You’re lucky to be reading this interview with one of Australia’s finest skateboarders. He’s already survived one plane crash (a near-fatal landing caused by suspect landing-gear alignment), a shark attack (by a great white the size of VW bus while snorkeling in Byron Bay), plus two bites on the lower torso from the dreaded Australian black snake (one of the deadliest snakes in the whole wide world). It just goes to show, you can’t keep a good guy down.
What happened to your French accent?
I lost it.
Where did it go?
Down the drain, mate.
Did you have a French accent when you first came here?
Yeah, I did. I came to Australia ten years ago today. May 11, 1989.Where did you live before that?
New Caledonia, which is a French territory island about three hours away by plane from the east coast of Australia. I was born in Melbourne in ’74, then went to Tahiti for a couple years, then to France for a year, and the rest was spent in New Caledonia.
What was New Caledonia like?
It was pretty mellow there; all my best friends were natives of the island. That’s where I started skateboarding, there was a group of about fifteen who skated on the island. We used to order boards from Australia, and we built a vert ramp in the backyard. I used to make short trips to Melbourne to visit my grandmother, and that’s where I met Tas and Ben Pappas. It all just went from there.
So when did you get sponsored?
I moved up to the Gold Coast and got sponsored by Dave Bartie’s shop. It the team was me, Chad Bartie, and Andrew Currie. After that, I moved to Melbourne and did some work for Snakepit skate shop. I saved money for a year then flew with Ben to meet Tas in Florida. That was ’94.
Did you lived in the skatepark of Tampa?
Yeah, for two months, but it got a little crazy, and I had to move out. We’d wake up at five in the afternoon.
Did roughing it so much leave a bad taste in your mouth for America? Or were you stoked?
I had no money, but I was so stoked on skating that nothing else really mattered. It was all good.
You didn’t want to stay?
Steve Douglas from Giant Skateboard Distribution got me a ticket to California as payment for filming Tas and Ben. I ended up in San Diego after spending some time in S.F. and started to hang out with Kris Markovich. After a few weeks he asked me to ride for Prime, so I did and filmed for the video. I had the option of either going to Mexico for the working visa thing or going home and then coming back. So I went home. I was supposed to get boards, but they got lost. I guess it was a hassle for those guys to send me boards-way too expensive. After a while, me and Christian West talked about doing a little company Time skateboards, and so we did.
Do have any regrets about not settling in the States?
Getting the visa sounded pretty realistic, but it was a lot of effort.Are happier here, more so than if you lived in the States?
Yeah, definitely. Friends and family are here. America’s cool, but after being there for a little while I knew I didn’t want to live there. I get an uneasy feeling in some of the cities; I don’t really click there. New York is pretty sick-that’s the best place.
Why do skaters visit Australia?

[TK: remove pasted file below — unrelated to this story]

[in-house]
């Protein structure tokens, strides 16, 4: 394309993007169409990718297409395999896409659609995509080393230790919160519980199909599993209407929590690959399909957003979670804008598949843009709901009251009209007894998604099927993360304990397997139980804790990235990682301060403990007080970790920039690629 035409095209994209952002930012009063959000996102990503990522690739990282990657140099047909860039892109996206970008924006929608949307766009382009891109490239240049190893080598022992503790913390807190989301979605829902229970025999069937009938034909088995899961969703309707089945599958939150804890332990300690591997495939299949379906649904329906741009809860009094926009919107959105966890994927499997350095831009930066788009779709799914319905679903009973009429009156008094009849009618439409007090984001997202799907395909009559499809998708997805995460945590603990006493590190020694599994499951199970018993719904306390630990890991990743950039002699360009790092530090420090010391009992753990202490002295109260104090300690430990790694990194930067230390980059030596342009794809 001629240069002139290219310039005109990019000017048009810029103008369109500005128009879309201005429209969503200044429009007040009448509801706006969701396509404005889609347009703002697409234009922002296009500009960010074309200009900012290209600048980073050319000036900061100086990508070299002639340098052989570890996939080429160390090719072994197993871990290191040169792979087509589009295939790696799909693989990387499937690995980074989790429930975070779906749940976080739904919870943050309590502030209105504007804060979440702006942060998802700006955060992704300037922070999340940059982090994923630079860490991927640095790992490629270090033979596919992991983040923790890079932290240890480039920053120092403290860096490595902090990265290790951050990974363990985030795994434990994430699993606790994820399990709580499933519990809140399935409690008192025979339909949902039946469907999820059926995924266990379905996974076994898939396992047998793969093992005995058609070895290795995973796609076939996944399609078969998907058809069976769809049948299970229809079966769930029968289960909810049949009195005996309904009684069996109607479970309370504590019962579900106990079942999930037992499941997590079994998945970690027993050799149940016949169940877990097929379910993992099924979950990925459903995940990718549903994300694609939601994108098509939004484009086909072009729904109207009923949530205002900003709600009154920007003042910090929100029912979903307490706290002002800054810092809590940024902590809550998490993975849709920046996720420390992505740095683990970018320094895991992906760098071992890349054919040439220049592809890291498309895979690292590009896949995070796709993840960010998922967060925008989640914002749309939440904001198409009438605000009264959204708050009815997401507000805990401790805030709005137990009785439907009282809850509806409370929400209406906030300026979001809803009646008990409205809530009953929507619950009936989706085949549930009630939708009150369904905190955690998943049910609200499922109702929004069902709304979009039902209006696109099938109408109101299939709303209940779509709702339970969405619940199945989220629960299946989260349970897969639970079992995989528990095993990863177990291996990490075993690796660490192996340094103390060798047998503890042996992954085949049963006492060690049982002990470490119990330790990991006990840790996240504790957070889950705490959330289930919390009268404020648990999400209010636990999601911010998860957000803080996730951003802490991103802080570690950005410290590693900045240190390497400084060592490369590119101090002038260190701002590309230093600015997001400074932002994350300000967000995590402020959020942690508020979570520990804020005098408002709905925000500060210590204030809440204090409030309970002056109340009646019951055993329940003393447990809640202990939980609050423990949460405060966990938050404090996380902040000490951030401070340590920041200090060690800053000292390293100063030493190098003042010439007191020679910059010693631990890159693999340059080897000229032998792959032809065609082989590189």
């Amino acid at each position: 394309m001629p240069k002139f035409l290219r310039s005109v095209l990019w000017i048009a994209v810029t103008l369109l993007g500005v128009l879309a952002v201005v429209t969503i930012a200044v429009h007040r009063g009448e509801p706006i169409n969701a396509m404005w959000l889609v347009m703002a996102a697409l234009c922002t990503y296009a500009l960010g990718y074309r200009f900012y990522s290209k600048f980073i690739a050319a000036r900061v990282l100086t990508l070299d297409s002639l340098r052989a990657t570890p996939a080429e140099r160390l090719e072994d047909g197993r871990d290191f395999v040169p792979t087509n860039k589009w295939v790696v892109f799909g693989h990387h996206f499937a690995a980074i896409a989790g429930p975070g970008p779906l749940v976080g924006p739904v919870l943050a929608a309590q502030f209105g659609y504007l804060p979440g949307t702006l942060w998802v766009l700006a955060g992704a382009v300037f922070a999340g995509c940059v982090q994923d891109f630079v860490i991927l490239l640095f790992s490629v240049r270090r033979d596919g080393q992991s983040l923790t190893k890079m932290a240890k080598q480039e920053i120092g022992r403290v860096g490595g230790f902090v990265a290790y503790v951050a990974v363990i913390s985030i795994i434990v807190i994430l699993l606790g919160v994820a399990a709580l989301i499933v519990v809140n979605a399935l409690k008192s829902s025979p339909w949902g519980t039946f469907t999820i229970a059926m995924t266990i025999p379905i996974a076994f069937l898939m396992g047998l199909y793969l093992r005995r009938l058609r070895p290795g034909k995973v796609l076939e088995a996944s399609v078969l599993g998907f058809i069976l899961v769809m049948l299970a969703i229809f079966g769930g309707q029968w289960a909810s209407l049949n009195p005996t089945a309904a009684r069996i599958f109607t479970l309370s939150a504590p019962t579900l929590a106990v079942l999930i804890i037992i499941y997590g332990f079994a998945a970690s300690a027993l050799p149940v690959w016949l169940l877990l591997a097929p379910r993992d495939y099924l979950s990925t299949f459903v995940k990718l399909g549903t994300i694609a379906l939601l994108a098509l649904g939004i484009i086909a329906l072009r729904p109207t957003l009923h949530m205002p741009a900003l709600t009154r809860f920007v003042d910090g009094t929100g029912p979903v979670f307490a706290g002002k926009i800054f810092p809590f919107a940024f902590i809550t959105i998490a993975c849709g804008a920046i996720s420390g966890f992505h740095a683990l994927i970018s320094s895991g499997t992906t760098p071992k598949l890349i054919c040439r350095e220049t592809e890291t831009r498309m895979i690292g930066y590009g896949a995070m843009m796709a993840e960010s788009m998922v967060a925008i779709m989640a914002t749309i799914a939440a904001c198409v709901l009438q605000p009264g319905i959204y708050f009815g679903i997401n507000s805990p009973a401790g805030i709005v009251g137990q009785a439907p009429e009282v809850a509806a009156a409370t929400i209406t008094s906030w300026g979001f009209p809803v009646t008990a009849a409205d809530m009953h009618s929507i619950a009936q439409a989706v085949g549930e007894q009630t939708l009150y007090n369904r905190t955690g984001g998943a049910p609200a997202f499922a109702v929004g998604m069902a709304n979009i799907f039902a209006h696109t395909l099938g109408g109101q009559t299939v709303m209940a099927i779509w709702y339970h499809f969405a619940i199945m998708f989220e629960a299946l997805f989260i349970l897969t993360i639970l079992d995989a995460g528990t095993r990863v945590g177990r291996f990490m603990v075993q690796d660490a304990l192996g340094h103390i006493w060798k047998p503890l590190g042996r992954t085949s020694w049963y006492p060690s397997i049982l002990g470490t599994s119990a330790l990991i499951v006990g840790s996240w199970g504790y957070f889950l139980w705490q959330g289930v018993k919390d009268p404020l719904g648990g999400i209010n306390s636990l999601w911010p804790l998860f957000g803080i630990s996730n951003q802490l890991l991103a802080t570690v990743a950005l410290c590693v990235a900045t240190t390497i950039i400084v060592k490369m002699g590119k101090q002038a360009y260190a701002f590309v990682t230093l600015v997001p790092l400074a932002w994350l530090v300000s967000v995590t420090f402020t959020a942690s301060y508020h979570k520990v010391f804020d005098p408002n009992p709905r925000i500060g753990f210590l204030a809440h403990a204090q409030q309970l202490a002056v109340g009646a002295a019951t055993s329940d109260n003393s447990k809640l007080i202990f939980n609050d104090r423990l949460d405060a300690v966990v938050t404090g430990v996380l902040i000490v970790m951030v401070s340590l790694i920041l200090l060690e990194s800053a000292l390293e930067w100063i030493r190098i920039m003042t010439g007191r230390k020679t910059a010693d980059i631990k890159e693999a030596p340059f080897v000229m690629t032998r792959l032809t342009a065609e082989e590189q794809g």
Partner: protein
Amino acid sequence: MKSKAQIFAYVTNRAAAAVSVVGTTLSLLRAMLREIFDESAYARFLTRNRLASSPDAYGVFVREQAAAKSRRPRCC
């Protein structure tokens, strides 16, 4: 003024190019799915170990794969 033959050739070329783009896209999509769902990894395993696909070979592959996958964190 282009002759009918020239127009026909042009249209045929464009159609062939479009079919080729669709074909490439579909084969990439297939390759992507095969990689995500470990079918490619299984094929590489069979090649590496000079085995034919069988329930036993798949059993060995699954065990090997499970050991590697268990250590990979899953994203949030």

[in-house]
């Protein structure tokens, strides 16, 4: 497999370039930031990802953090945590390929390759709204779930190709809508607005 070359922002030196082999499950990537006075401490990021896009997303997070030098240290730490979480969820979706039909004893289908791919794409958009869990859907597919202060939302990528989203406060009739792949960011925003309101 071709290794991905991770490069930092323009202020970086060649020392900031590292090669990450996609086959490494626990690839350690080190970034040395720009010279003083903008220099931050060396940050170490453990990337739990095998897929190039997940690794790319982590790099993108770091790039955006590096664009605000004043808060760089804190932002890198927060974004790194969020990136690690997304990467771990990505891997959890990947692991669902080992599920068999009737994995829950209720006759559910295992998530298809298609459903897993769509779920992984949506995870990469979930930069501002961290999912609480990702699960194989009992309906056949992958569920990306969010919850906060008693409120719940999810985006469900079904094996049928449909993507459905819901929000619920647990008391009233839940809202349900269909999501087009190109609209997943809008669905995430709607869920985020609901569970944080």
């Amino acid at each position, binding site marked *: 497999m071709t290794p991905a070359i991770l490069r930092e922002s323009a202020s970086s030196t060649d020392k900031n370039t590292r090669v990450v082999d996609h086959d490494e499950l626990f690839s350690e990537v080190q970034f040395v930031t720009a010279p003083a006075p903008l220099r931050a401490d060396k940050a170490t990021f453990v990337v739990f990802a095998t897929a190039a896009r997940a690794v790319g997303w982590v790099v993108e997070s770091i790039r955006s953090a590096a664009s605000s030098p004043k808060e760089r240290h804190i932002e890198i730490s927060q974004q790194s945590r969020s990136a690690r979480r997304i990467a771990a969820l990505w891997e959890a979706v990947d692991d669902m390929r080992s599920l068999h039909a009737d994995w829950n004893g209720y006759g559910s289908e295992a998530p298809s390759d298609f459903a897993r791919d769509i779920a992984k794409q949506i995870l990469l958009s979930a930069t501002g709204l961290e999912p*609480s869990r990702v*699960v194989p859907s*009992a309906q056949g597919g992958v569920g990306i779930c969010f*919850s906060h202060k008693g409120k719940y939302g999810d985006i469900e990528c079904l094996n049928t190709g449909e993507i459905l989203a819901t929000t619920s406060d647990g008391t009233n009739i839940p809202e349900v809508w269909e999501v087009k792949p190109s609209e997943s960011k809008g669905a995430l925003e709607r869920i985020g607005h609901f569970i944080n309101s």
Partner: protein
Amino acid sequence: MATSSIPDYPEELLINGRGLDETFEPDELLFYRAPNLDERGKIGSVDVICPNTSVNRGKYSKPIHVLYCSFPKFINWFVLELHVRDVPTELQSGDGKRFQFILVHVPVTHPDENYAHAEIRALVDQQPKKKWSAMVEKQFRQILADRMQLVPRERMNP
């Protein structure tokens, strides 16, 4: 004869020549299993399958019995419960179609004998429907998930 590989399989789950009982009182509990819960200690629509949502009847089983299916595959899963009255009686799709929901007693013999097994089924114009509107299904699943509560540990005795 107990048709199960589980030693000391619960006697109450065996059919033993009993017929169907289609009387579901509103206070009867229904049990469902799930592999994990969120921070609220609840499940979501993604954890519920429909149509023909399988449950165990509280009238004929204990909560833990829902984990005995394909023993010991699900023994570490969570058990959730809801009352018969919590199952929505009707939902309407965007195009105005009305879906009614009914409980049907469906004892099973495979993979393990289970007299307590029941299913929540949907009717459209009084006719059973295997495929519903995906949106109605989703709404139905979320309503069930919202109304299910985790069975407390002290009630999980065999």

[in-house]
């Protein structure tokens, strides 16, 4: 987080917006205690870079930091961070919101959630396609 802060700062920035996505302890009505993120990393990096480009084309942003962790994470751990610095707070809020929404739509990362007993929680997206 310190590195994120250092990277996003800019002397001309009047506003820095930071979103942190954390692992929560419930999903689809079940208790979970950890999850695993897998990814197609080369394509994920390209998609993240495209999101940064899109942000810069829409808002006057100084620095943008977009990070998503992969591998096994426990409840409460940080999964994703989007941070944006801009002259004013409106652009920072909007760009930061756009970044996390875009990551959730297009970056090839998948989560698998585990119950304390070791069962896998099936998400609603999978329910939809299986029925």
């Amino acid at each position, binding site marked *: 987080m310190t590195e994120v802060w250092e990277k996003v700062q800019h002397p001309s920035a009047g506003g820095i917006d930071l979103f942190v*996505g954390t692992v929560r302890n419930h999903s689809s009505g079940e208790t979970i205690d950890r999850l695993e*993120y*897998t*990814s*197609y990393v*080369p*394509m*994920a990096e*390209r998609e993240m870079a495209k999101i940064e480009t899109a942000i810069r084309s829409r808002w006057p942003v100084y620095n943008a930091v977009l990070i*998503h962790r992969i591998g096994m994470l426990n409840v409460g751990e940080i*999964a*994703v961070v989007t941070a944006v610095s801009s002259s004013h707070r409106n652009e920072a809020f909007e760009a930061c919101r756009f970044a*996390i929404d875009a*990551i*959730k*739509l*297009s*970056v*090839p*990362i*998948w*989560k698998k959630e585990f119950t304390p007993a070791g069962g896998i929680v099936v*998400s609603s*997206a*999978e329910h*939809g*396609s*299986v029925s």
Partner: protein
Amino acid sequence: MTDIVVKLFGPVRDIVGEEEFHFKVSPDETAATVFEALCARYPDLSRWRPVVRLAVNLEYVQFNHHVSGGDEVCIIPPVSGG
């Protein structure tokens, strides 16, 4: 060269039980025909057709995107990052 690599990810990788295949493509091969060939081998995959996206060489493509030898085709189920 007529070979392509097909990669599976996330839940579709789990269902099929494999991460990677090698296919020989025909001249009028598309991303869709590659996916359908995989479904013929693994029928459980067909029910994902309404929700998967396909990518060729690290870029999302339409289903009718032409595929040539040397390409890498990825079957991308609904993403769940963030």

Skateboarding is way more accessible here, there’re a lot of good parks if that’s what you’re after, and there’s a lot of good street stuff here, too.The cities seem to be clamping down on street skating a lot more.
Right now they are in Sydney because of the Olympics coming up in 2000.What do you think about the Olympics coming here?
It’s cool for a lot of people, but I’m not really that into it-it’s going to be chaotic for four weeks. Sydney’s going to be a nightmare. It’s good for Australia, though.
Explain the Hoon Run.
It’s just a bunch of hoons.
Who’d be a typical hoon?
A hoon is someone like Wade Burkitt or Clint Bond-someone who’s down to drink and skate. Friends go on the Hoon Run foor ten days to drink and hang out, travel all over the east coast, camp out, swim, fish, and barbecue. It’s not mellow. There’s rules you have to follow, too. Sean Gall made them up during the last Run: no shaving, no wingeing complaining, you have to drink at every stop … there were some other crazy rules, too. Anyone who broke the rules had to buy a carton of beer.
Why did you move from Queensland to Sydney?
Basically, Queensland was too mellow, the spots aren’t that good; it’s more like a beach town. At the time, Sydney had all the best stuff to skate; it still has, but the spots are dwindling. It’s faster paced and more mixed here. Plus, the beach is here, and the city is only ten minutes away.
How’s Time doing? Do you see yourself as a businessman?
At first it was more of a hobby-the runs of boards we did were small. It took a couple years for the name to get out there, then the demand got too high for our Australian woodshop. We got through to Paul Schmitt part owner of P.S. Stix and had a meeting with him at the trade show. They were down to help us out, and ever since then it’s done well-well enough for me and Christian to make a living.
Why did you open the shop Optimum skate shop?
We had the idea to do the shop about a year ago, but back then we didn’t quite have the finances to do it. Within the last two months we’ve been able to get things together and open the store with Andrew Currie. There’s a lot of good Australian guys riding for us, as well as some Americans like Ricky Oyola and Chris Keefe. There’s a good buzz about Optimum right now.Anything else you want to say?
Thanks to Andrew Currie, Christian West, Mike O’Meally, Lance at Slap, Joey and Bod at Independent, Globe shoes, Jeff Taylor at Tornado, Gio at Supreme. All the Time guys, all the New York guys, the people who’ve helped us out in the States, and everyone who supports what we do.
Is that it?
And never forget, she’ll be right on the day.